Everything you need to know about retinol, god’s gift to your skin

I’m often asked what are my “can’t live without” skincare heroes. Forever and always, my answer is retinol. Retinol, which is actually vitamin A, is one of the most well-researched and touted active ingredients on the market. In fact, besides sunscreen, retinol is the only other ingredient that the US Food and Drug Administration will allow brands to claim as “anti-aging” (or “pro-aging” as I like to call it). It is as close to a miracle ingredient as the world’s dermatologists and cosmetic chemists have come up with thus far.

Fountain of youth?

While nothing turns back the clock (and thank goodness for that), retinol is the ultimate ingredient for dewy, youthful skin. A powerful antioxidant, retinol is a “cell-communicator” which means that it actually connects to and alters the behaviour of your cells. Dr. Nisith Sheth of Cedars Dermatology Clinic recommends women begin treating their skin with a retinol product starting in their late 20s to early 30s and to continue this usage on a long term basis. Some of retinol’s super powers are:

  • Improves collagen production by interrupting and delaying the free-radical damage that causes signs of aging.
  • Reverses effects of sun damage such as hyperpigmentation and fine lines.
  • Fights acne.
  • Treats many forms of eczema.

Prescription vs over the counter

Vitamin A comes in different formats. Retinol, which is made up of the entire vitamin A molecule, is purchasable in over the counter cosmetic products. Retinoids, on the other hand, are highly concentrated derivatives of retinol and are found exclusively in prescription creams/gels, which typically provide higher concentrations of active ingredient than is permitted in over the counter cosmetics.

In my opinion, if you can get access to it, a prescription retinoid at a concentration of 0.025% – 0.05% is the best you can do for yourself. Most dermatologists are happy to prescribe this as its safety and benefits are well known. Some of the most popular prescription brands are Differin, Retin-A, Renova, Tazorac, and my favourite – Tretinoin.

Fun fact that I probably shouldn’t share – many international airport pharmacies carry prescription-grade retinoids with no required prescription (Dubai, Mexico, Thailand, to name a few).

If you can’t get your hands on a prescription, or would like to start out with a lower concentration, there are a growing number of seriously good over the counter retinol products. I don’t go cheap on these, btw, because formulation is everything when it comes to how well the active ingredient is actually delivered to your skin. Here are a few that come highly recommended:


Skin Ceuticals Retinol 1.0 Maximum Strength Refining Night Cream 30ml/1oz. £53.00  Purchase  here .

Skin Ceuticals Retinol 1.0 Maximum Strength Refining Night Cream 30ml/1oz. £53.00 Purchase here.

Sunday Riley Luna Sleeping Night Oil with Retinol and Blue Tansy. £85.00   Purchase  here .

Sunday Riley Luna Sleeping Night Oil with Retinol and Blue Tansy. £85.00  Purchase here.

Peter Thomas Retinol Fusion PM. £35.00  Purchase  here .

Peter Thomas Retinol Fusion PM. £35.00 Purchase here.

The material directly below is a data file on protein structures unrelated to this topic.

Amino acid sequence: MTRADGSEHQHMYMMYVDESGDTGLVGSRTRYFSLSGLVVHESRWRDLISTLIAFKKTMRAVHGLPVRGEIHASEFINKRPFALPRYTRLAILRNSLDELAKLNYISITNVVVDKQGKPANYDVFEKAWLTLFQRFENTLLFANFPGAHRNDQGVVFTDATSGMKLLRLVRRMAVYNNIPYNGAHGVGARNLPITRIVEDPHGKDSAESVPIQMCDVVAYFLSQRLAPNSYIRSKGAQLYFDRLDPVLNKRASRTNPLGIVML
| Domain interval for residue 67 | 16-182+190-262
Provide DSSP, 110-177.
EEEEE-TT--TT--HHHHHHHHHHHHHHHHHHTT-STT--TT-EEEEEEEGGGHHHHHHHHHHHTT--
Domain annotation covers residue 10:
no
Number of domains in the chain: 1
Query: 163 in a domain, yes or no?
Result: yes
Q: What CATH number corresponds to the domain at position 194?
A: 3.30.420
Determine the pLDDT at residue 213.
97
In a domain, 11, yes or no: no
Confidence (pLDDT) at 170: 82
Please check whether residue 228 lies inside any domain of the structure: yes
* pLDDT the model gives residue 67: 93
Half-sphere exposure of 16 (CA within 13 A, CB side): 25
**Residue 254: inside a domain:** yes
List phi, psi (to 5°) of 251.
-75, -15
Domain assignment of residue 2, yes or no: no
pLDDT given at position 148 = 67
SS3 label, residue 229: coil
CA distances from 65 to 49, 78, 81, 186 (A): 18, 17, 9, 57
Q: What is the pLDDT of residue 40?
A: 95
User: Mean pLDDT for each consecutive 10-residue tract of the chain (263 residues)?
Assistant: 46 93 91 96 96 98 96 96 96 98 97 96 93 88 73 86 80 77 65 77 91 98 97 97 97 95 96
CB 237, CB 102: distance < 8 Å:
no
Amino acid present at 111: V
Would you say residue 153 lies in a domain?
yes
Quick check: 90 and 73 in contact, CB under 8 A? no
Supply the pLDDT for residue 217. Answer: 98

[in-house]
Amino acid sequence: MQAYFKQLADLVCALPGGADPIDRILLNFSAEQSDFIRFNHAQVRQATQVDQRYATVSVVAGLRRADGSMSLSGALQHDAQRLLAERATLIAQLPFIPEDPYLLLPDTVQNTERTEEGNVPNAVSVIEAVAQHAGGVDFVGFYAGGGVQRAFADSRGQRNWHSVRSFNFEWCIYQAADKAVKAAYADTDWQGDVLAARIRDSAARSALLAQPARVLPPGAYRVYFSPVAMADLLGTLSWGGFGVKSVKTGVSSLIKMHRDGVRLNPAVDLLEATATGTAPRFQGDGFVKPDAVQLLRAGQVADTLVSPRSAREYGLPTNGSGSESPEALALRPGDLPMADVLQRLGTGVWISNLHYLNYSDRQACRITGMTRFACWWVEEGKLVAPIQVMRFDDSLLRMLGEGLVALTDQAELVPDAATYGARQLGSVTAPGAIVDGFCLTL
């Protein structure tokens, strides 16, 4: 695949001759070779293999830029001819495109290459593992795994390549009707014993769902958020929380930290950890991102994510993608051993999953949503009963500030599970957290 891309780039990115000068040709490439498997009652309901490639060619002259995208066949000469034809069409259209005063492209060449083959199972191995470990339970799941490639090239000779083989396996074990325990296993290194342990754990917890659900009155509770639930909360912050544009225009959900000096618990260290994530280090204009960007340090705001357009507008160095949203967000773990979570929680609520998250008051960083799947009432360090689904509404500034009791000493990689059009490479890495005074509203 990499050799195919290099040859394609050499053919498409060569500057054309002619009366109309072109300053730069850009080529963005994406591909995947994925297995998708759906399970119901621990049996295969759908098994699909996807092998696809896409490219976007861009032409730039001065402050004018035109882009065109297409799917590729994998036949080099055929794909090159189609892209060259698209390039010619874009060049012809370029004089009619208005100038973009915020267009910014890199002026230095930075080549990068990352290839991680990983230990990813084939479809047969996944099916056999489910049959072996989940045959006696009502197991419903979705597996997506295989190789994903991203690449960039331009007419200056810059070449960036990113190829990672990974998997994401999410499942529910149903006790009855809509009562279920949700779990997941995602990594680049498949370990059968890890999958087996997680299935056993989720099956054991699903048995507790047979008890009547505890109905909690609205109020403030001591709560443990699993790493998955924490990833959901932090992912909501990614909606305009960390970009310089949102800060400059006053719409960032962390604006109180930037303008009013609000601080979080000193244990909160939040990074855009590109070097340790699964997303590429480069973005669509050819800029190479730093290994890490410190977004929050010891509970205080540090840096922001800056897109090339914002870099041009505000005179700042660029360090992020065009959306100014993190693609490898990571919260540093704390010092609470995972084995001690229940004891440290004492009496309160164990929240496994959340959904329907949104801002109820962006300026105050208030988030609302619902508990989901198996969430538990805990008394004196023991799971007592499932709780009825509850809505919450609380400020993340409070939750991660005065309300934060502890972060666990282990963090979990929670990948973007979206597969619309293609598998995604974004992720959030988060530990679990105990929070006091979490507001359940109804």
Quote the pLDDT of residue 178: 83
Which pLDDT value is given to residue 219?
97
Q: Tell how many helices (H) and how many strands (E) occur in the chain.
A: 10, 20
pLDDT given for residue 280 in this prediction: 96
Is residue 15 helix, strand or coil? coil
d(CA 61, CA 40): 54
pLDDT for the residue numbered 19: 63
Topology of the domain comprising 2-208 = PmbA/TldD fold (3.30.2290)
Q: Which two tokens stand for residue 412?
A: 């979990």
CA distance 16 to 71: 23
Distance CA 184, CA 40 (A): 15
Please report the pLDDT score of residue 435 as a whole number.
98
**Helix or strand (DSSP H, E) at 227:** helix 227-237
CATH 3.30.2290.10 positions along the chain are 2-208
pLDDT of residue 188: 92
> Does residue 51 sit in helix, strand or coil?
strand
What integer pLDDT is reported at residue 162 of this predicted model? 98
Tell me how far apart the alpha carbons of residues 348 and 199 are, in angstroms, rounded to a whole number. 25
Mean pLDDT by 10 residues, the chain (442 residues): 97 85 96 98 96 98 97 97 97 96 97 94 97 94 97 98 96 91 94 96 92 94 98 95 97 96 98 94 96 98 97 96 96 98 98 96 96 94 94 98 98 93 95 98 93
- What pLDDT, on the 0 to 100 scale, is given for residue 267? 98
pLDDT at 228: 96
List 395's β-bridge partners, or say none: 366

How to use retinol

Certainly read the label of the product you’re using for exact directions, but in general, one should follow the guidelines below in order to get maximum results:

  • Use at night only, never during the day.
  • Apply to clean, dry skin, before any other products.
  • Use only a pea size amount of the cream. More is not better here, it will only cause irritation.
  • Apply any face oils, serums or night creams on top of your retinol (it’s totally fine to layer, just make retinol your base).
  • Start by using retinol every 2-3 days and work up to nearly every night, depending on how your skin reacts.
  • WEAR SUNSCREEN every day when using retinol, as it makes your skin more sensitive to sun damage.
  • Do NOT use retinol while pregnant. (Due to research ethics, they haven’t tested retinol on pregnant ladies so this lack of research means doctors warn against using during pregnancy. As Dr. Sheth advises, it’s not worth risking it.)

How long does it take to work?

What’s incredible is that you’ll probably notice results – added dewiness, brightness, fading of discolouration and lines – after just a few uses. That said, your skin may need several months to adjust to the retinol and you may notice some redness or peeling in the first few weeks. If this happens, make sure you are applying to dry skin (you may even wait 15 minutes after cleansing to make sure your skin is fully dry) in order to avoid irritation. You can also reduce the frequency of use or switch to a product with lower concentration of active ingredient. If you suffer continued irritation, speak to a dermatologist for guidance. You should expect to achieve your best results after 6 months of continued usage.

Nothing will make us look 21 again, and that is fine with me. However, in terms of long term skincare and taking control of your skin’s maturing process, retinol, as part of a well-balanced skincare regime, is truly as close to magic as science has found.


By Renee Parker



Dr. Nisith Sheth, Consultant Dermatologist and Dermatologic Surgeon:                              

Cedars Dermatology Clinic, cedarsderm.co.uk